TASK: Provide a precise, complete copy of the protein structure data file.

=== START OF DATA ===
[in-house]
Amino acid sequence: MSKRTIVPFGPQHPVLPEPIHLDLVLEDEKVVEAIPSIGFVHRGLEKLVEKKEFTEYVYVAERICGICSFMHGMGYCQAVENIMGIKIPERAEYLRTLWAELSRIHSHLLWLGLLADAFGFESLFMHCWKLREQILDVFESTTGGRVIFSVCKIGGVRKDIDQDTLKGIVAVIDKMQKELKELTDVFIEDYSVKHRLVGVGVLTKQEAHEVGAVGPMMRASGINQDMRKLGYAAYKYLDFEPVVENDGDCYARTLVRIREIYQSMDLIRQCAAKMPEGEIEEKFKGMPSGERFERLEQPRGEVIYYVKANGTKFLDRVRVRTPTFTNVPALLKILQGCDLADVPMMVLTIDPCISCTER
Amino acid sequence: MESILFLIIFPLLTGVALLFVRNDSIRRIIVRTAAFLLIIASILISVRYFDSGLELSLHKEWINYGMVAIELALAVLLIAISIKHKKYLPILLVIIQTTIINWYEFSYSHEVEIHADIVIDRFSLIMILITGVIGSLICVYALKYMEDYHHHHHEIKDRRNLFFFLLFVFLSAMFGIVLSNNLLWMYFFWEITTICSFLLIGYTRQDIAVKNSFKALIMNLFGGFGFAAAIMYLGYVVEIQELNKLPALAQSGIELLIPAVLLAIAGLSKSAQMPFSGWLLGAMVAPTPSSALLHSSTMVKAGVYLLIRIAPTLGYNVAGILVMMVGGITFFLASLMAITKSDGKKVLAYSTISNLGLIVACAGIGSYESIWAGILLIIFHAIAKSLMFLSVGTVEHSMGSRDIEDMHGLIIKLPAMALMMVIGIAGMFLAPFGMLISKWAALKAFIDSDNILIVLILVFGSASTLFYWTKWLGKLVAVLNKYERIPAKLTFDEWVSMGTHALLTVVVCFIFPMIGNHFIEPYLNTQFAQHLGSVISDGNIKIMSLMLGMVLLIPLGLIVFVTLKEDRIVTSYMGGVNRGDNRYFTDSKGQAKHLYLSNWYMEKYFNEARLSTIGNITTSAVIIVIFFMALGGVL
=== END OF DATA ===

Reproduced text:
[in-house]
Amino acid sequence: MSKRTIVPFGPQHPVLPEPIHLDLVLEDEKVVEAIPSIGFVHRGLEKLVEKKEFTEYVYVAERICGICSFMHGMGYCQAVENIMGIKIPERAEYLRTLWAELSRIHSHLLWLGLLADAFGFESLFMHCWKLREQILDVFESTTGGRVIFSVCKIGGVRKDIDQDTLKGIVAVIDKMQKELKELTDVFIEDYSVKHRLVGVGVLTKQEAHEVGAVGPMMRASGINQDMRKLGYAAYKYLDFEPVVENDGDCYARTLVRIREIYQSMDLIRQCAAKMPEGEIEEKFKGMPSGERFERLEQPRGEVIYYVKANGTKFLDRVRVRTPTFTNVPALLKILQGCDLADVPMMVLTIDPCISCTER
Amino acid sequence: MESILFLIIFPLLTGVALLFVRNDSIRRIIVRTAAFLLIIASILISVRYFDSGLELSLHKEWINYGMVAIELALAVLLIAISIKHKKYLPILLVIIQTTIINWYEFSYSHEVEIHADIVIDRFSLIMILITGVIGSLICVYALKYMEDYHHHHHEIKDRRNLFFFLLFVFLSAMFGIVLSNNLLWMYFFWEITTICSFLLIGYTRQDIAVKNSFKALIMNLFGGFGFAAAIMYLGYVVEIQELNKLPALAQSGIELLIPAVLLAIAGLSKSAQMPFSGWLLGAMVAPTPSSALLHSSTMVKAGVYLLIRIAPTLGYNVAGILVMMVGGITFFLASLMAITKSDGKKVLAYSTISNLGLIVACAGIGSYESIWAGILLIIFHAIAKSLMFLSVGTVEHSMGSRDIEDMHGLIIKLPAMALMMVIGIAGMFLAPFGMLISKWAALKAFIDSDNILIVLILVFGSASTLFYWTKWLGKLVAVLNKYERIPAKLTFDEWVSMGTHALLTVVVCFIFPMIGNHFIEPYLNTQFAQHLGSVISDGNIKIMSLMLGMVLLIPLGLIVFVTLKEDRIVTSYMGGVNRGDNRYFTDSKGQAKHLYLSNWYMEKYFNEARLSTIGNITTSAVIIVIFFMALGGVL